Electrical Engineering Stack Exchange is a question and answer site for electronics and electrical engineering professionals, students, and enthusiasts. It's 100% free.

Sign up
Here's how it works:
  1. Anybody can ask a question
  2. Anybody can answer
  3. The best answers are voted up and rise to the top

I was wondering why a laptop power adapter is so huge. Most laptops that I have seen use a ~19V power supply. Using transformer equation, and considering 100 turns in the primary(just an assumption), and a 220V power supply, I calculated that there should be about 8 turns in the secondary. Using the same equation for a mobile phone charger(5V) and considering 100 turns in the primary, there should be about 3 turns in the secondary. So there shouldn't be much size difference between the transformer used in a cell phone charger and a laptop charger. So why are laptop charger adapters so big while a cell phone charger adapter is small?

share|improve this question
FWIW, newer laptop power adapters tend to be much less bulky too. My current adapter weighs about a fifth of one I got five years ago. – leftaroundabout Feb 6 at 11:27
Mine weighs more, but it's also more powerful 105W vs 60W – Jasen Feb 7 at 11:58

Laptops and cell phone both use switching power supplies so the adapters are not simple transformers.

For a given technology there is a relationship between power capability (measured in watts) and size (volume, specifically). So a cellphone that needs 2.1A at 5V (about 10W) can use an AC adapter that is much smaller and lighter than that for a notebook computer that requires 19V at 4.62A (about 90W).

share|improve this answer

Actually, neither laptops or cell phones use a transformer, per se.

What they use, instead, is called a "Switched-Mode Power Supply" that rectifies the 110 or 220V AC input into a DC capacitor, then uses a multi-KHz switching microcontroller to pulse that through an inductor to "convert" the voltage down. This requires far less space than a 50Hz transformer on a big, heavy core, and is usually more efficient to.

As for why the laptop converter is generally so much larger than the usb chargers for cell phones/tablets/etc. That's a matter of power handling. Due to the higher voltage & current demandex by the laptop, its power supply needs thicker wires, a larger inductor, and higher-power switching components. Also, with more power going through it, there's more heat to get rid of.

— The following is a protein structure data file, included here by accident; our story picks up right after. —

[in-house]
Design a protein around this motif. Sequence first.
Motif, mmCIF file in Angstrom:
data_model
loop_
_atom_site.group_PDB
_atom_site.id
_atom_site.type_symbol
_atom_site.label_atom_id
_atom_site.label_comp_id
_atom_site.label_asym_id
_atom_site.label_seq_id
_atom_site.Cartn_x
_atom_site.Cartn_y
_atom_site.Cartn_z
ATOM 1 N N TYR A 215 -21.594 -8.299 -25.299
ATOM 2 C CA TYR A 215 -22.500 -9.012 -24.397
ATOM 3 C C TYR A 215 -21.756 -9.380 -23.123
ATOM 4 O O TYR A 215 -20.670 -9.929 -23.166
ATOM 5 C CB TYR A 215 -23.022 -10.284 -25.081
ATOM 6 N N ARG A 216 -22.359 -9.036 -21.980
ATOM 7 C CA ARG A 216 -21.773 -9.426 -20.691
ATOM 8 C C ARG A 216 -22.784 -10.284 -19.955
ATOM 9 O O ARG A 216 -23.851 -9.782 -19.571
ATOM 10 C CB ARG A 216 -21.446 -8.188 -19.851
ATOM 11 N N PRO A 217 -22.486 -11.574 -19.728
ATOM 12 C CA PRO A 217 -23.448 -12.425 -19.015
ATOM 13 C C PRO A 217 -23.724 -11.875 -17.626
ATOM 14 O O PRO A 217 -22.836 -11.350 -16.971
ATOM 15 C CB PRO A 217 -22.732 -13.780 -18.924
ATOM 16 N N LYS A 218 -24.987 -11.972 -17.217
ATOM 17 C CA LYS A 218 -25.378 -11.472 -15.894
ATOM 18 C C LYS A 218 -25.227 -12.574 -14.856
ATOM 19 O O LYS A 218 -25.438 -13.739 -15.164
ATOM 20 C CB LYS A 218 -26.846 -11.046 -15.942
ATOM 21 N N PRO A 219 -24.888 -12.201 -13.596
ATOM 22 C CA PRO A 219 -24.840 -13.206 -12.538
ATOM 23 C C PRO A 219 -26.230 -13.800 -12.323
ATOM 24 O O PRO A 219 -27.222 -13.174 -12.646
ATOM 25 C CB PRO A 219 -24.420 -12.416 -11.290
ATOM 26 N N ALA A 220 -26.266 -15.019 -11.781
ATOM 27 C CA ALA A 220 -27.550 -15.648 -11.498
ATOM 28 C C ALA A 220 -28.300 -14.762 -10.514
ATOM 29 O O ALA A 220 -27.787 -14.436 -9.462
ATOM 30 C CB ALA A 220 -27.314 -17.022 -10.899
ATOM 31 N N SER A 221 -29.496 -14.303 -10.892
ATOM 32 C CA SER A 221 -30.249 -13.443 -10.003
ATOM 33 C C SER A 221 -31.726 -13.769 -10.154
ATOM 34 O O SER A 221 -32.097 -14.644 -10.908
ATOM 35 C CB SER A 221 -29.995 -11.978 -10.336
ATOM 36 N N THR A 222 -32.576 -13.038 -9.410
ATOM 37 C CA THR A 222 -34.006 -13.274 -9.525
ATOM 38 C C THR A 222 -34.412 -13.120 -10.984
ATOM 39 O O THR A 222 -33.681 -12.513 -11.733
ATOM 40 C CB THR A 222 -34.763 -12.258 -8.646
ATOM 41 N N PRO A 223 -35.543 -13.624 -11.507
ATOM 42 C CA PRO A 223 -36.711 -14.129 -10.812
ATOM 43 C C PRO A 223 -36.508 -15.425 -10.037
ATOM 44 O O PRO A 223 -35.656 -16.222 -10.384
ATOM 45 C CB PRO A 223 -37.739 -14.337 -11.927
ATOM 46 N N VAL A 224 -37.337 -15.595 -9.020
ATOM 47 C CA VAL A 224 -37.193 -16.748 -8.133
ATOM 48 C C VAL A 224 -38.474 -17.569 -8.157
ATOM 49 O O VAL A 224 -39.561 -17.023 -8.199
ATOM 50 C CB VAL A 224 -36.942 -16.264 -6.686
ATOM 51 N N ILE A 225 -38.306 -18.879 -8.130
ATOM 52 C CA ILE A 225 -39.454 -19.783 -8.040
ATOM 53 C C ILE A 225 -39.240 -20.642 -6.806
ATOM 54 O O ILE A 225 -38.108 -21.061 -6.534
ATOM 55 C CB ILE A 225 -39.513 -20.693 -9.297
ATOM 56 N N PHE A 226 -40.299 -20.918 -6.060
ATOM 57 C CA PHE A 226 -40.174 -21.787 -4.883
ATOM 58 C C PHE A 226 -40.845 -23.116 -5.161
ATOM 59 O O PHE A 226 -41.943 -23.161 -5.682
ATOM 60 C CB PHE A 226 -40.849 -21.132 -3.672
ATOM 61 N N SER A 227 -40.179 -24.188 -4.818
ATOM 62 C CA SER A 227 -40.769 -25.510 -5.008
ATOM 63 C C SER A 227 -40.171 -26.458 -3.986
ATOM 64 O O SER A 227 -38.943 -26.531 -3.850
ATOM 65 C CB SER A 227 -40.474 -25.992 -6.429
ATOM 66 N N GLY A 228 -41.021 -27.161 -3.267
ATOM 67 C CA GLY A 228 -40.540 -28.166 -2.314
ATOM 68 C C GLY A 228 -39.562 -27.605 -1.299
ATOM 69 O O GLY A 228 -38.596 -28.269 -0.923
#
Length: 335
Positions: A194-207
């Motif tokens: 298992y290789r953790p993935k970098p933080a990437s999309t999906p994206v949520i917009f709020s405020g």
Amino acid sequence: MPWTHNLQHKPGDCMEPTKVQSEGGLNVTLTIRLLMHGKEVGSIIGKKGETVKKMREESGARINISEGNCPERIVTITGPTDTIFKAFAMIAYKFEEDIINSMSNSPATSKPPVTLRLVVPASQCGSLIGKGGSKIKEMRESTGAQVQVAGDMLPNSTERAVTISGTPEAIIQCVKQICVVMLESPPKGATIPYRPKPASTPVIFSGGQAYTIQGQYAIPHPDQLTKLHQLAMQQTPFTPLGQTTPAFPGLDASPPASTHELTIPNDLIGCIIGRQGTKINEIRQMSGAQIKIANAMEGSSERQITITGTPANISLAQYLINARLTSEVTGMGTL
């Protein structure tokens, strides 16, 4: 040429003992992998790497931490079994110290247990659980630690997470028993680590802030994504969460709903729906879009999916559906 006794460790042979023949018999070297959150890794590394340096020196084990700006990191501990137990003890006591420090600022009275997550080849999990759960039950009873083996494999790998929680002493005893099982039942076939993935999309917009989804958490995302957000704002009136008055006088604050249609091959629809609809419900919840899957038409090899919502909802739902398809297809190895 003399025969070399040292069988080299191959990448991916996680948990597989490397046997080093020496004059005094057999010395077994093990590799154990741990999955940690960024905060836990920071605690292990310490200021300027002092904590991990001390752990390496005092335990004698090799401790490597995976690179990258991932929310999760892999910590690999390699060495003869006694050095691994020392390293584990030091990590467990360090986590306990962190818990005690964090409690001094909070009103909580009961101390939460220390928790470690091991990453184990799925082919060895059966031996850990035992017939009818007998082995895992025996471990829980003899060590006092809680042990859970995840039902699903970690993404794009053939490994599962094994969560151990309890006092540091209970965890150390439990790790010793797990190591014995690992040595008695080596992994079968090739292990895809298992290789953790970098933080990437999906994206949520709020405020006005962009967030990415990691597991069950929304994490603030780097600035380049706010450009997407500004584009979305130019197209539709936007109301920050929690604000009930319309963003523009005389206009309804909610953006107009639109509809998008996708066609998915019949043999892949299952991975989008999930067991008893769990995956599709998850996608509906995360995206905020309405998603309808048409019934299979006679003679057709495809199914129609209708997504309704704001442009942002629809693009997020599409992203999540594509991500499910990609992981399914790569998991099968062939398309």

Because of the need for bigger, heavier components, and more heat dissipation, the lappy charger simply must be bigger, so long as you aren't willing to pay many times more money for rare & expensive materials.

share|improve this answer
but both power supplies do use an transformer, they just operate at a higher frequency than 50/60 Hz. The transformer is used to provide isolation between line voltage and output voltage. – markrages Feb 6 at 16:55
@markrages Well, some do have isolating transformers & some don't...that's a matter of cost/quality & I've seen plenty of 'usb chargers' that fell off the bottom end of the cost/quality slope! I guess that means you brought up another valid point though: the need to protect your laptop with an isolating xfmr can add a bit of weight too (as can the weight-plates I've found in a few usb chargers...reminiscent of desk-phones from a few decades ago, lol. – Robherc KV5ROB Feb 6 at 17:08
In my experiance even the really shitty ones have a transformer (though it's sometimes a rather poorly made transfromer). Do you have a link to a teardown of one that doesn't. – Peter Green Feb 7 at 4:56
At less than 100W they're mostly flyback converters so it's actually a coupled inductor, not a transformer, but it does use coupled magnetic flux to transfer energy while providing isolation. so it's like a transformer. – Jasen Feb 7 at 11:56
@jasen what is the difference between a transformer and a coupled inductor? – markrages Feb 23 at 1:31

Your Answer


By posting your answer, you agree to the privacy policy and terms of service.

Not the answer you're looking for? Browse other questions tagged or ask your own question.